Clearing the air: Animal agriculture and greenhouse gases

It’s time to clear the air on the real relationship between cattle and climate change. Cows have long been cast as the villain in the climate conversation. While cows do impact our climate, it is often an exaggerated impact, and the science surrounding cattle production and greenhouse gas emissions tells a different story — one that begins with understanding how different greenhouse gases work and the environmental impacts of each gas.

Is the warming effect of all greenhouse gases (GHGs) the same? And could livestock producers actually be part of the climate solution? Let’s start with the basics.

Not all greenhouse gases are created equal

 First, it’s crucial to understand that multiple greenhouse gases contribute to the greenhouse effect, and each one impacts the environment differently.

Carbon dioxide (CO2) is the most prominent GHG and is often considered synonymous with all greenhouse gases, but it’s not.

  • How carbon dioxide is released: Through human activities like the burning of fossil fuels, land use changes and deforestation, and other natural processes.
  • How long it remains: Centuries.
  • How it’s removed: Carbon dioxide is removed from the atmosphere, or sequestered, when it’s absorbed by plants as part of the biogenic carbon cycle.

Methane (CH4) is a potent greenhouse gas with a global warming potential that’s about 28 times greater than carbon dioxide over a 100-year period. Methane does not cause direct harm to human health or crop production, but its presence in the atmosphere can affect the amount of other greenhouse gases like tropospheric ozone, water vapor and carbon dioxide.

  • How methane is released: Methane is released during the production and transport of coal, natural gas and oil. Methane is also released through decomposing plant matter, livestock and other agricultural practices.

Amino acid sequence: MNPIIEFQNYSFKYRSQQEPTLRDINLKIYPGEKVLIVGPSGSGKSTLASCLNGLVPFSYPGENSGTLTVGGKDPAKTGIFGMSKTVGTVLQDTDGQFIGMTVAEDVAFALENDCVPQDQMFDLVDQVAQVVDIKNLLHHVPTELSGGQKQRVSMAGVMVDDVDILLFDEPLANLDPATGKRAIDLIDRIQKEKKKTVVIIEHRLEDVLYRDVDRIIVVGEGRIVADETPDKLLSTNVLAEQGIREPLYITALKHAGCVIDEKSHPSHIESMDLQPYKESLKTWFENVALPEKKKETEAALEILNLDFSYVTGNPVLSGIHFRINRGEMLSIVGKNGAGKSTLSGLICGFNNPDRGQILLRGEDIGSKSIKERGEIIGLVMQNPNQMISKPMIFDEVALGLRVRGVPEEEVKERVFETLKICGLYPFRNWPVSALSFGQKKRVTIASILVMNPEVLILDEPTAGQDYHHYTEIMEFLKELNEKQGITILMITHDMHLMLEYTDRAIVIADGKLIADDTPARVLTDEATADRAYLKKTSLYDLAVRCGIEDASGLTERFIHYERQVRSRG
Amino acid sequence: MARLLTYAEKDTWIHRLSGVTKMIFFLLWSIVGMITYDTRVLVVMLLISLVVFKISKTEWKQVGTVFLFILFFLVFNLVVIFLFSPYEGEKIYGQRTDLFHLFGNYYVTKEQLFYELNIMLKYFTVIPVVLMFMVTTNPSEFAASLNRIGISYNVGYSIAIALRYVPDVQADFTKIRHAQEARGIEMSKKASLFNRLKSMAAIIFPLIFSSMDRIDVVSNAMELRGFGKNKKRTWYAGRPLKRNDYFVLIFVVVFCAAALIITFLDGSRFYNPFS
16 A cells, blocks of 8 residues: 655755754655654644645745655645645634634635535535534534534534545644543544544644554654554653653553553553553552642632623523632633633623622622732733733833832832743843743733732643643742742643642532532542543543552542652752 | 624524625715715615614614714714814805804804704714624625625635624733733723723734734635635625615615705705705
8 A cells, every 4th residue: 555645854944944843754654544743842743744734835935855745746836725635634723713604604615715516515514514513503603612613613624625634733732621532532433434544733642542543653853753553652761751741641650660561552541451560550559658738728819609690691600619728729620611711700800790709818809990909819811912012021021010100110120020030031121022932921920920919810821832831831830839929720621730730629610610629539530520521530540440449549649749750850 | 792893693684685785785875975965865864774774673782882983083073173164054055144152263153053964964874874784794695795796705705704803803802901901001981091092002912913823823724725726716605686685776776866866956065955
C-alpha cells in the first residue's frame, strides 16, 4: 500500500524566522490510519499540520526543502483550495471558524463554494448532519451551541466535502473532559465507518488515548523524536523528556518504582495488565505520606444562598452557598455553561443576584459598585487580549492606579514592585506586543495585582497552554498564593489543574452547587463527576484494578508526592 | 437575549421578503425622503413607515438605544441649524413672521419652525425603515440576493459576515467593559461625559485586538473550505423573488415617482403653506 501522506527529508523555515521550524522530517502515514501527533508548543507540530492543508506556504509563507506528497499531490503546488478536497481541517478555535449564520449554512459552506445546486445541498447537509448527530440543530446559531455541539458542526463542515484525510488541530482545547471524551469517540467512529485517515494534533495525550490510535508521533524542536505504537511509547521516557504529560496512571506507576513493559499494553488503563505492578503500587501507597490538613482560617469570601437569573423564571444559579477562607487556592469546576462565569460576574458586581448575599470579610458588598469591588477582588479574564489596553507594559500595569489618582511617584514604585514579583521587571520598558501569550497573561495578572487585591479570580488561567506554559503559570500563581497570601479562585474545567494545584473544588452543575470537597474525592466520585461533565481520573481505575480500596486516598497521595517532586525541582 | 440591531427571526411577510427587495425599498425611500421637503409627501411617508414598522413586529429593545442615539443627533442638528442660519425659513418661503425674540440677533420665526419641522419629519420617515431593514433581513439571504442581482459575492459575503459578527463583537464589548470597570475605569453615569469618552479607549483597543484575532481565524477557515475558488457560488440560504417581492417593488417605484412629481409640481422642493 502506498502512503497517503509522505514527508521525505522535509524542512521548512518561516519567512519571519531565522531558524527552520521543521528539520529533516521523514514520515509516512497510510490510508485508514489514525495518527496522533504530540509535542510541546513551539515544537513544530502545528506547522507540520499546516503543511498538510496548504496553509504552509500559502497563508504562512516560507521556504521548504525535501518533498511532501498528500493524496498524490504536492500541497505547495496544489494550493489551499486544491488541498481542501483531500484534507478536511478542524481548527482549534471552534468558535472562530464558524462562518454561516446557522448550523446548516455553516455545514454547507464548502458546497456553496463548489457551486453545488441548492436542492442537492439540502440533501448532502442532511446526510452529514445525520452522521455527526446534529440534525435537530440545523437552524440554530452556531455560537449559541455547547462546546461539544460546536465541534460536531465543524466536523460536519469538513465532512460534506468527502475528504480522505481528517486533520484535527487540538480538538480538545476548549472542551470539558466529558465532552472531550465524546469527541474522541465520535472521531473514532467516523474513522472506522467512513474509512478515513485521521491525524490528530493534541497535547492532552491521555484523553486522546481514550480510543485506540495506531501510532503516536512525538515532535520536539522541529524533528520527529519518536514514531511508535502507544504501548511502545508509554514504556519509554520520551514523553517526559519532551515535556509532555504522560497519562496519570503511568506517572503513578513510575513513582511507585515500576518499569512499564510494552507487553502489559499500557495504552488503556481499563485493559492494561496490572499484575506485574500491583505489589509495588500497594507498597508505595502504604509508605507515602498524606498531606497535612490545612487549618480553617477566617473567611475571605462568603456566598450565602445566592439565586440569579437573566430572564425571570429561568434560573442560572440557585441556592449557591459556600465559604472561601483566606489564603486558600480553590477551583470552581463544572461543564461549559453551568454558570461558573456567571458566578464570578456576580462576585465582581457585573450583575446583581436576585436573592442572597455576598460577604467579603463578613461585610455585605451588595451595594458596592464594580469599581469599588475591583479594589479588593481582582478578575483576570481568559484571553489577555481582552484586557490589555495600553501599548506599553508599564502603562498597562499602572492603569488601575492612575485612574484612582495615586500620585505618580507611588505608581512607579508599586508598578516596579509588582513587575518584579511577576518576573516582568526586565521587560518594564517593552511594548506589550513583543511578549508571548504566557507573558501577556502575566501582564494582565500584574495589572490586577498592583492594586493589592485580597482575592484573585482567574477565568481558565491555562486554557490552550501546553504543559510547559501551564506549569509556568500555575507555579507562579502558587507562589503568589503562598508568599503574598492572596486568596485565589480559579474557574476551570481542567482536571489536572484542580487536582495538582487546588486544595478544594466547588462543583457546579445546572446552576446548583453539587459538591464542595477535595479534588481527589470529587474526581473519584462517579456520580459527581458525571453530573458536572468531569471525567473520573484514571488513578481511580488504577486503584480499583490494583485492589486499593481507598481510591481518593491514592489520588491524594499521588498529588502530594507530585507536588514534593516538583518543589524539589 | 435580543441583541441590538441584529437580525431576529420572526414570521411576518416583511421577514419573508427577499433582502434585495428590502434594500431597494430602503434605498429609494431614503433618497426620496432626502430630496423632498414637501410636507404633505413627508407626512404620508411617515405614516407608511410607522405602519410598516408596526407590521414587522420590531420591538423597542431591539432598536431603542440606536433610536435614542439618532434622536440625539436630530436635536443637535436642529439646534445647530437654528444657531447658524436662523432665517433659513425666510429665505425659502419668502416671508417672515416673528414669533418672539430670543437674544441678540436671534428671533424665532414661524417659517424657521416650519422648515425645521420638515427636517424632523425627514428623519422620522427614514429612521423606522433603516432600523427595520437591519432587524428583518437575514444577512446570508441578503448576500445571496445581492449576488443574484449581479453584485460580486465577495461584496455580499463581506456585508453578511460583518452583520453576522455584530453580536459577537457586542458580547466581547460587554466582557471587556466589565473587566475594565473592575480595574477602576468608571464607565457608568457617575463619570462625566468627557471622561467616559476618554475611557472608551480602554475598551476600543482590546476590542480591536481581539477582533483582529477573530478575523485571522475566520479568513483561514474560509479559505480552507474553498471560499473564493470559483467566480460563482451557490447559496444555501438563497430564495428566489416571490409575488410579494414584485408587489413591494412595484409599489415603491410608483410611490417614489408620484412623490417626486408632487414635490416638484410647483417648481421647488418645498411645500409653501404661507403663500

• How long it remains:  About 12 years.
  • How it’s removed: Methane is broken down in the air by a natural process called hydroxyl oxidation, during which atmospheric radicals take hydrogen away from methane and convert it to CO2. That means as methane is produced, it’s also destroyed.

Nitrous oxide (N2O) is an ozone-depleting gas that’s about 300 times more potent than carbon dioxide.

  • How nitrous oxide is released: From bacteria in the soil, through modern agricultural practices like tilling, soil cultivation and livestock waste management, and through the use of nitrogen-rich fertilizers.
  • How long it remains: About 110 years.
  • How it’s removed: Nitrous oxide is absorbed by certain types of bacteria or destroyed by ultraviolet radiation or chemical reactions.

Taking the heat off of cattle

Now that we’re clear on the differences between the top greenhouse gases, where do cattle and farm systems come into play? This is a subject Dr. Frank Mitloehner, director of the CLEAR Center and a professor and air quality specialist at the University of California, Davis, is committed to clarifying.